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Reprinted with permission of the author from
The Jewish Way: Living the Holidays
Purim opens on a somber note. Haman is identified as the descendant of Amalek, whose people attacked Israel in the desert, the symbol of cruelty to the weak. Before celebrating the defeat of the wicked, one must remember that God (as well as God’s people) has a war with the Amalekites and will not be at ease until the Amalekites are blotted out. Jews are pledged to work for the end of oppression of the weak everywhere; a temporary, partial victory should not blind one to the persistence of evil in the world.
On the Sabbath before Purim, the portion of the Torah dealing with Amalek is read. This day is called Shabbat Zachor, the Sabbath of Remembrance. It is a special mitzvah [commandment] of the Torah to hear the reading and thus remember.
Zachor [remembrance] is a mitzvah that has made modern Jews uncomfortable. The natural desire to forget and be happy collides with the ongoing pain of memory and analysis. When asked why President Ronald Reagan in 1985 initially declined to visit the Dachau concentration camp, a presidential aide explained that the President was an “up” type of person and did not like to “grovel in a grisly thing.”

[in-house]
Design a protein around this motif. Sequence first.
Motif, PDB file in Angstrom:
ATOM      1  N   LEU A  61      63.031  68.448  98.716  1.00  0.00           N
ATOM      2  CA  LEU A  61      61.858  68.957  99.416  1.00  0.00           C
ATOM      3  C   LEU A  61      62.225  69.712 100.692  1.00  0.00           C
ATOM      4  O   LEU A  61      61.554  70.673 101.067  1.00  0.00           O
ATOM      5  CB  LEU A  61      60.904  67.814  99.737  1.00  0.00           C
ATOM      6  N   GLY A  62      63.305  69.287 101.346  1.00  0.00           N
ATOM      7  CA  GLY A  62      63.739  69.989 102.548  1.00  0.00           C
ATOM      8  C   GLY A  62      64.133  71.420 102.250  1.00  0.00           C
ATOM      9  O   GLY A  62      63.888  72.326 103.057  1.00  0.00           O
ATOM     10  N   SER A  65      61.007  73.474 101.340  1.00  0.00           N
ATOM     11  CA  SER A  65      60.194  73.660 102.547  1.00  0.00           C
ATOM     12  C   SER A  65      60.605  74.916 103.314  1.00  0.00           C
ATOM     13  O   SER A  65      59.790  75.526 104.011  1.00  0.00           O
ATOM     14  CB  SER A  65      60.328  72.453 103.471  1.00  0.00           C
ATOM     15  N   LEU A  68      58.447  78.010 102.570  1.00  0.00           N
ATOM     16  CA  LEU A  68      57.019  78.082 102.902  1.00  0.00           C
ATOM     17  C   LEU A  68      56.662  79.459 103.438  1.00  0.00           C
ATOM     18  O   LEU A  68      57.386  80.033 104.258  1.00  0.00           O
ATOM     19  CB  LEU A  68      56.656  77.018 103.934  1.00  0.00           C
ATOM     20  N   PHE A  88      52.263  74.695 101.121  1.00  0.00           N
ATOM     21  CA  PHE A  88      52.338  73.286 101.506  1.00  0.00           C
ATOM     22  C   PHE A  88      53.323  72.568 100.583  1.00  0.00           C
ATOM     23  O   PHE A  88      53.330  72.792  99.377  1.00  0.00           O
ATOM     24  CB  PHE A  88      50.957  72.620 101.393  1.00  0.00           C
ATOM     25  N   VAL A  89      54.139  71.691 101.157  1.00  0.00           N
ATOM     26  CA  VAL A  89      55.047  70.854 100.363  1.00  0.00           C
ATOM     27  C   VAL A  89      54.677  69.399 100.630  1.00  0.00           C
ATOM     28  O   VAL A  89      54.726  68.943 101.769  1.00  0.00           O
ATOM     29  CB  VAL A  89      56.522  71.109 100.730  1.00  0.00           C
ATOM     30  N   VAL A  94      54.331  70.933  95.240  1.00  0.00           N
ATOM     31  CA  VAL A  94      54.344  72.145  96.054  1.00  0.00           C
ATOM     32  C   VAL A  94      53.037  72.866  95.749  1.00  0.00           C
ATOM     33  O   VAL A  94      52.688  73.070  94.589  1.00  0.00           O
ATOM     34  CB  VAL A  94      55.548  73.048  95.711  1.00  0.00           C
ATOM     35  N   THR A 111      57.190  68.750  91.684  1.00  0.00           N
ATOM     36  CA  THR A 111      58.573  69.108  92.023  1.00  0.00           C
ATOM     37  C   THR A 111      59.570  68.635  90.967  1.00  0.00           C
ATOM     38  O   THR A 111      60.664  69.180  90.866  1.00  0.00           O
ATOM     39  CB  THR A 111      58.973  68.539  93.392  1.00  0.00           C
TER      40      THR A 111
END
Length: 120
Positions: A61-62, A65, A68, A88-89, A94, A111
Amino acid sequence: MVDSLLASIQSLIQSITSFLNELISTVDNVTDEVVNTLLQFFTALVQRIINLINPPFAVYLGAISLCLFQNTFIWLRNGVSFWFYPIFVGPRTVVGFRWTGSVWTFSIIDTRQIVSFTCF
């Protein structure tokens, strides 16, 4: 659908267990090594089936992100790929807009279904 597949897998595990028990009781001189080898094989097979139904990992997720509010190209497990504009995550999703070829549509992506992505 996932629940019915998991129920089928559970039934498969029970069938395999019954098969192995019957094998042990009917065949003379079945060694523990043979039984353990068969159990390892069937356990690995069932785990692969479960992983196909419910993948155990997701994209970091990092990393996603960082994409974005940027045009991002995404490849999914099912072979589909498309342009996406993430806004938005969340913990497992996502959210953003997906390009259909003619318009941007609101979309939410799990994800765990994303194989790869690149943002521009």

Modern people who are future-oriented stress the need to forgive. They argue that there will be no reconciliation as long as the memories of the cruelties and atrocities of the past are preserved and thrown in the face of those involved. “Forget and forgive” becomes the slogan. This argument can even take the form of an attack on the victims for keeping the memory alive. In May 1985, a storm of opposition arose against President Reagan’s visit to the Bitburg, Germany, military cemetery because the ceremony involved paying homage and laying a wreath in a cemetery with graves of SS Soldiers. During the uproar, one German parliamentarian attacked the Jews for their unchristian-like refusal to forget the past!
Avoiding Past Mistakes
The primary lesson of Parashat Zachor [the special section of the Torah read on that Shabbat] is that true reconciliation comes through repentance and remembrance. Confronting the evils of the past is the most powerful generator of moral cleansing and fundamental reconciliation. Repentance is the key to overcoming the evils of the past. When people recognize injustice they can correct the wrongdoing and the conditions that lead to it. In the 20th century, repentance has liberated many Christians from past stereotyping and hatred of Jews, thus beginning to transform Christianity into a gospel of love, which it seeks to be.
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